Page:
It was created by attaching a group of gland cells (anterior pituitary = adenohypophysis) that migrated from outside the brain to the part that protruded from the nervous tissue of the brain (posterior pituitary gland = neurogenic pituitary gland). , is the pituitary gland.
a posterior pituitary hormone produced by neurons in the hypothalamus
In 1895, when G. Oliver and E. A. Schaefer of England conducted research to find substances contained in the pituitary gland of animals, they discovered that an extract of the pituitary gland had the effect of raising blood pressure. I was. In 1928, researchers at Park Davis, Inc. in the United States succeeded in extracting two active ingredients from the posterior pituitary gland extract, and confirmed that it exerts uterine contraction and blood pressure-raising effects. The uterine contraction component (oxytocic fraction) was called pitocin, and the blood pressure increase component (pressor fraction) was called pitressin. Later, pitocin was given another name, oxytocin, and pitresin, vasopressin, and they became widely known as representative posterior pituitary hormones under these names.
Oxytocin, as originally discovered, is a hormone that primarily causes contractions of the uterus and is essential for causing labor pains when a pregnant mother gives birth to a child. In addition, it is also known to have the effect of producing breast milk and promoting memory, and it is also believed to be a hormone related to trust and affection based on recent research. The relationship between developmental disorders and oxytocin is also attracting attention, so I would like to explain it in detail in a later article.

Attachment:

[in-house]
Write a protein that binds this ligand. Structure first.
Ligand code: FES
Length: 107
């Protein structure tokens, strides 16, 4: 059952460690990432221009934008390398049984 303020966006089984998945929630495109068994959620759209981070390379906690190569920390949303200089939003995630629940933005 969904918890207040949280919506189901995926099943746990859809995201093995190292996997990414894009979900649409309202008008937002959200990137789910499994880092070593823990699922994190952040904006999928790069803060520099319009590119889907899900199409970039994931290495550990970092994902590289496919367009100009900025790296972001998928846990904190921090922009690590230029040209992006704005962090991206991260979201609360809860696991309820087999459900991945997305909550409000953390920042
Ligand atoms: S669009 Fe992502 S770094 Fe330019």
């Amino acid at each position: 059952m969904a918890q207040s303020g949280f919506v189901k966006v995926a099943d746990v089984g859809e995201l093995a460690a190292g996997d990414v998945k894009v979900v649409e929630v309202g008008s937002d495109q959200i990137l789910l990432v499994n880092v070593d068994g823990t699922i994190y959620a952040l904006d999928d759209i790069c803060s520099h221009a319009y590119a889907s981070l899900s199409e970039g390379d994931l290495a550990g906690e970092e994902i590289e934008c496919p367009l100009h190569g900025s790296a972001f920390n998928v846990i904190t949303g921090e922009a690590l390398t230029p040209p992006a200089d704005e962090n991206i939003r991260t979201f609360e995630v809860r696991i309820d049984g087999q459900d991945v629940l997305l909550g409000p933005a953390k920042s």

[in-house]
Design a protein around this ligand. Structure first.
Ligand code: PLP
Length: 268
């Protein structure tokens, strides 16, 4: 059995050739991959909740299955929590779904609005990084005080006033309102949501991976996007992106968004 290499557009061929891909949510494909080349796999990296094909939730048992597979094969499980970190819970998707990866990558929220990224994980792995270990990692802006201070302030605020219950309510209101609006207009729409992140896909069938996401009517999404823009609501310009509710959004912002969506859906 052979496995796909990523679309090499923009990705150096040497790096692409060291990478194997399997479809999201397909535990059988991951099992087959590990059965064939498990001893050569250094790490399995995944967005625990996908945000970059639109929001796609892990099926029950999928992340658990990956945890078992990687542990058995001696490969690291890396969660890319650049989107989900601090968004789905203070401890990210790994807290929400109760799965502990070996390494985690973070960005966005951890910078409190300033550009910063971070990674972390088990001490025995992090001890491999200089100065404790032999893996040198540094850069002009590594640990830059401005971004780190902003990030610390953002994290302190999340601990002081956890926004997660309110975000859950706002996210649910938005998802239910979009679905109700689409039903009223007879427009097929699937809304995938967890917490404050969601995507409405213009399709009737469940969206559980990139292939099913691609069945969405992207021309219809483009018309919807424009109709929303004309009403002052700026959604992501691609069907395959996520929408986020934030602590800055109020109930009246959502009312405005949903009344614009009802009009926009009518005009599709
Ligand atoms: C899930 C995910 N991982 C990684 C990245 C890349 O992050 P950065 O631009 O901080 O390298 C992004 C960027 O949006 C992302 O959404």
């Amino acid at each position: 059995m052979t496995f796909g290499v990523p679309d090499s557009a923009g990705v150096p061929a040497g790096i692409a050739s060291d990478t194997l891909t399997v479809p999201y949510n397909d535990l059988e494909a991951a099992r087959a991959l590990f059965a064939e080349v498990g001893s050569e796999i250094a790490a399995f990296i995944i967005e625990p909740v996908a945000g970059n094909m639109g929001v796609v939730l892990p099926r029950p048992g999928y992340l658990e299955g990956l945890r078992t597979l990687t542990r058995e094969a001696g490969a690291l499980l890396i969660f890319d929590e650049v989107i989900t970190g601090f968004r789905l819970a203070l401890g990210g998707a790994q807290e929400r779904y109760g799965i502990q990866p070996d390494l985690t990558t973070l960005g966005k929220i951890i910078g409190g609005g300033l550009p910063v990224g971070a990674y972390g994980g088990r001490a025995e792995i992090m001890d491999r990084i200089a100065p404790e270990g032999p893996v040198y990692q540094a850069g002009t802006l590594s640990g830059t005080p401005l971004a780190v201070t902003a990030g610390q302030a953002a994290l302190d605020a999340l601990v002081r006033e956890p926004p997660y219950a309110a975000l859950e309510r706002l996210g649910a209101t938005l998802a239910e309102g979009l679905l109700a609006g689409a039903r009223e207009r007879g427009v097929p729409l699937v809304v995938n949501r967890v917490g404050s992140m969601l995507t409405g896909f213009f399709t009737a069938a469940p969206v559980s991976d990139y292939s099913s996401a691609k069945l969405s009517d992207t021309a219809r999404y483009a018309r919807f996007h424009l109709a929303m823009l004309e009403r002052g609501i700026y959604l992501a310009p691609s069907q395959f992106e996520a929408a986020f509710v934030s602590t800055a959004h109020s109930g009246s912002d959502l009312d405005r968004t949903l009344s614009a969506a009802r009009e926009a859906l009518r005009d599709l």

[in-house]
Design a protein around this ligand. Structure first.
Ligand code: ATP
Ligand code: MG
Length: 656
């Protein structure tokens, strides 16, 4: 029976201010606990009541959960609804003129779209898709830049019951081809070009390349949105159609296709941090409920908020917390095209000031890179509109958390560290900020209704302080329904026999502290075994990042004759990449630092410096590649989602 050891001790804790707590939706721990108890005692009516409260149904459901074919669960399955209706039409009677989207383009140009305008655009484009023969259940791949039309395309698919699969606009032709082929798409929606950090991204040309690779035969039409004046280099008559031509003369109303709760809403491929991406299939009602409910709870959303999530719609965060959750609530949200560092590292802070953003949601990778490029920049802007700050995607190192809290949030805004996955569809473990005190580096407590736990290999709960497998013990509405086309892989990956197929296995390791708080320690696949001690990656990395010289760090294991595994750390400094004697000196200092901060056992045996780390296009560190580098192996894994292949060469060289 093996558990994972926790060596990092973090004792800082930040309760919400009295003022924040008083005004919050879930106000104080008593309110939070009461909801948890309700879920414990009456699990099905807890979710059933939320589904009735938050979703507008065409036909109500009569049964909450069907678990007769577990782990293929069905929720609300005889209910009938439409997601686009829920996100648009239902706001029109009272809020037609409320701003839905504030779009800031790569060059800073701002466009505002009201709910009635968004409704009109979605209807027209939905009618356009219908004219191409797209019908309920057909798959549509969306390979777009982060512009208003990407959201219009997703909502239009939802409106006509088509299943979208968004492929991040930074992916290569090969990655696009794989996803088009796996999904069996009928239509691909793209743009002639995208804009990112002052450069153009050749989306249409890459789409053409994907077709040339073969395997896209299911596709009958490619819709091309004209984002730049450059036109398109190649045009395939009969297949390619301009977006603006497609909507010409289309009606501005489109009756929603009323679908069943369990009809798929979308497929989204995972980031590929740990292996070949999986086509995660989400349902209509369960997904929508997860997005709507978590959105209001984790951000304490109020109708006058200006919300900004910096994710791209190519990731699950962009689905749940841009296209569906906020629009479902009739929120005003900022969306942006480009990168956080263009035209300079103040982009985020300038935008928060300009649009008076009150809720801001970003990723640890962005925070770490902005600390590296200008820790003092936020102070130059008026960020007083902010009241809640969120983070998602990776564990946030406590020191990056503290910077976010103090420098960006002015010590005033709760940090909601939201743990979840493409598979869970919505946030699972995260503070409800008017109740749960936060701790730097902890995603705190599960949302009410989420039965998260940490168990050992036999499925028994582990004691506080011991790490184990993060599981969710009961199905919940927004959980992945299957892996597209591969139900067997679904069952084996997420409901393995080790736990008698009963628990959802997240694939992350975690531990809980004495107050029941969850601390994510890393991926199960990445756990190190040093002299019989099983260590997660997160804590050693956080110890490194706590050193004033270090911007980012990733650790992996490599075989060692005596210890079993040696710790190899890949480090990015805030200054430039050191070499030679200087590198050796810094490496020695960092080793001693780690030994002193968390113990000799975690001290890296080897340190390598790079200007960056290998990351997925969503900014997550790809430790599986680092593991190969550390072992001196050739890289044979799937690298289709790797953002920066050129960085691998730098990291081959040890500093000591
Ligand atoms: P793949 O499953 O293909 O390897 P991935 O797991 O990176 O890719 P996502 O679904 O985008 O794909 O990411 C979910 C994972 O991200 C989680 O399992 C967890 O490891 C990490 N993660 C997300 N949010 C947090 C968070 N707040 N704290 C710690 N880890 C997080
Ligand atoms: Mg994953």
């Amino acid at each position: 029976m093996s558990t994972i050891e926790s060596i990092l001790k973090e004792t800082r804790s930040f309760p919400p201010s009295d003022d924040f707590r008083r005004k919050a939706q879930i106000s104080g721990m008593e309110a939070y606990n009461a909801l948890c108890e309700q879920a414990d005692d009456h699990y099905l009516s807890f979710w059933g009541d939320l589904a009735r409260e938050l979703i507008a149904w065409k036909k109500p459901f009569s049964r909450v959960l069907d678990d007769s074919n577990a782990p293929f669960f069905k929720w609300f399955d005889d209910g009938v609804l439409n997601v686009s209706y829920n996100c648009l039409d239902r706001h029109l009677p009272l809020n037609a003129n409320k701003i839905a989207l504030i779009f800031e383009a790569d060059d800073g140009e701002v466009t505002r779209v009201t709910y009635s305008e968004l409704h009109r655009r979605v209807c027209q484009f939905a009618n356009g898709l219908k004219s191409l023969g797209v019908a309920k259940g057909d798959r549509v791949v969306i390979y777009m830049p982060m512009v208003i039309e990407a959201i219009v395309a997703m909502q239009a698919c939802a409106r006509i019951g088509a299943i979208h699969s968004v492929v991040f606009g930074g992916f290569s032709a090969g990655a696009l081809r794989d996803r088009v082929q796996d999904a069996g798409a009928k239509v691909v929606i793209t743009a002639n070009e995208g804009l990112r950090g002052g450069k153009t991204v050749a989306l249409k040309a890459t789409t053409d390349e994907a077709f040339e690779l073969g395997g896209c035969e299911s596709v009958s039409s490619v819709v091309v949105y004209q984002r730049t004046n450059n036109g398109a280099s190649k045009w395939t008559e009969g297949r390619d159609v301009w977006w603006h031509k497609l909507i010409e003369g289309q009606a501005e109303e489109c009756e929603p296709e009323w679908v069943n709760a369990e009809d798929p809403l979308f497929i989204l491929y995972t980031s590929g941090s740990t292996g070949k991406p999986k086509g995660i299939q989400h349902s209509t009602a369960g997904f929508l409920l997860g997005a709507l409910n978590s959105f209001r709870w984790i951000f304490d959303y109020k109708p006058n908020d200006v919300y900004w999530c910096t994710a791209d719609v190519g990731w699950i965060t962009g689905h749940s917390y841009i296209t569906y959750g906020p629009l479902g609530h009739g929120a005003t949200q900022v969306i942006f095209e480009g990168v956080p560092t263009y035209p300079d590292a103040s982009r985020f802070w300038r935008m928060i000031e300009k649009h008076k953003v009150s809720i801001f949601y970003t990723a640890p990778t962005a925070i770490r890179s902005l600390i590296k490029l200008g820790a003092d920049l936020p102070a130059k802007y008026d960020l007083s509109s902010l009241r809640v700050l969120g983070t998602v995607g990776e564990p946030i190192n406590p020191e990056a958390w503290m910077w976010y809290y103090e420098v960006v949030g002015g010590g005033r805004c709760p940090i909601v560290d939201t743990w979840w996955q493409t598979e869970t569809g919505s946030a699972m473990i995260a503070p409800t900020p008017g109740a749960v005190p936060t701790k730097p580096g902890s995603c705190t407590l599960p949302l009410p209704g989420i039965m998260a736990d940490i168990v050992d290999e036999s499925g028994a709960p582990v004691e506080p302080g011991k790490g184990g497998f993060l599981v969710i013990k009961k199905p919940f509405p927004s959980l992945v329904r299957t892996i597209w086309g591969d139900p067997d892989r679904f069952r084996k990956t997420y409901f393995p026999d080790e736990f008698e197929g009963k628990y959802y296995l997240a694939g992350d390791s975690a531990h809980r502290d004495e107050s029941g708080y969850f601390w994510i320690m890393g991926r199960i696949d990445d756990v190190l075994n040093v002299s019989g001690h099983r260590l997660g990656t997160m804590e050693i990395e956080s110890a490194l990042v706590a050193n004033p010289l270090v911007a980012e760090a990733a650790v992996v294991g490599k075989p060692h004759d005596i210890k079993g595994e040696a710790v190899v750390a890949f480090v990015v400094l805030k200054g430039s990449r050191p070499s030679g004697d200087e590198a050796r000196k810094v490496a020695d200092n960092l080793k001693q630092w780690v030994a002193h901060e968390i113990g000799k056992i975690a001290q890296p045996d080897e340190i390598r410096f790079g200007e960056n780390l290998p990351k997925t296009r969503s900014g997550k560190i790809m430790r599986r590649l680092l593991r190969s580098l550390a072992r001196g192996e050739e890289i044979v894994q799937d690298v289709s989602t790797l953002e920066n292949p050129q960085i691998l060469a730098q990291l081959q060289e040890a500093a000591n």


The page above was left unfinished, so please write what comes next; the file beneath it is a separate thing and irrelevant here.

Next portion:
Vasopressin was named so because it was first discovered as a hormone that constricts blood vessels (vaso) and raises blood pressure (when blood pressure rises, the walls of blood vessels are strongly pushed = press), but it has been studied in detail. We have found that vasopressin has a more dominant action. In 1919, a researcher gave patients with diabetes insipidus an extract from the posterior pituitary gland, which reduced urine output. It was presumed that the posterior lobe of the pituitary contains a substance that reduces the amount of urine, that is, has an antidiuretic effect.
Oxytocin and vasopressin are collectively called posterior pituitary hormones, but they are not produced by the posterior pituitary gland. Again, there are no hormone-producing endocrine cells in the posterior lobe. As shown in the figure below, posterior pituitary hormones are produced by nerve cells in the paraventricular nucleus of the hypothalamus, and their axons extend to the posterior pituitary gland. Oxytocin and vasopressin produced by neurons in the paraventricular nucleus are transported through nerve axons, secreted from nerve endings in the posterior pituitary gland, enter blood vessels, and are transported throughout the body.
Hormones (vasopressin or oxytocin) released from the axon terminals of nerve cells extending from the hypothalamus to the posterior pituitary gland enter the bloodstream from the pituitary arteries and are carried throughout the body (original drawing by the guide) .Some of you may have wondered, “Are hormones secreted by nerve cells?” A bit of biology makes it easy to remember that nerve cells secrete neurotransmitters and endocrine glands secrete hormones, but that’s not true. Whether a neurotransmitter or a hormone is not defined by a substance, nor is it determined by which cell secretes it. When the secreted substance is used for one-to-one transmission at the synapse, it is said to have acted as a neurotransmitter. I worked as a In other words, it is determined whether it is a neurotransmitter or a hormone depending on how it behaves after being secreted. Oxytocin is a substance that nerve cells make and secrete, but it enters the blood and acts on the whole body, so it is a hormone.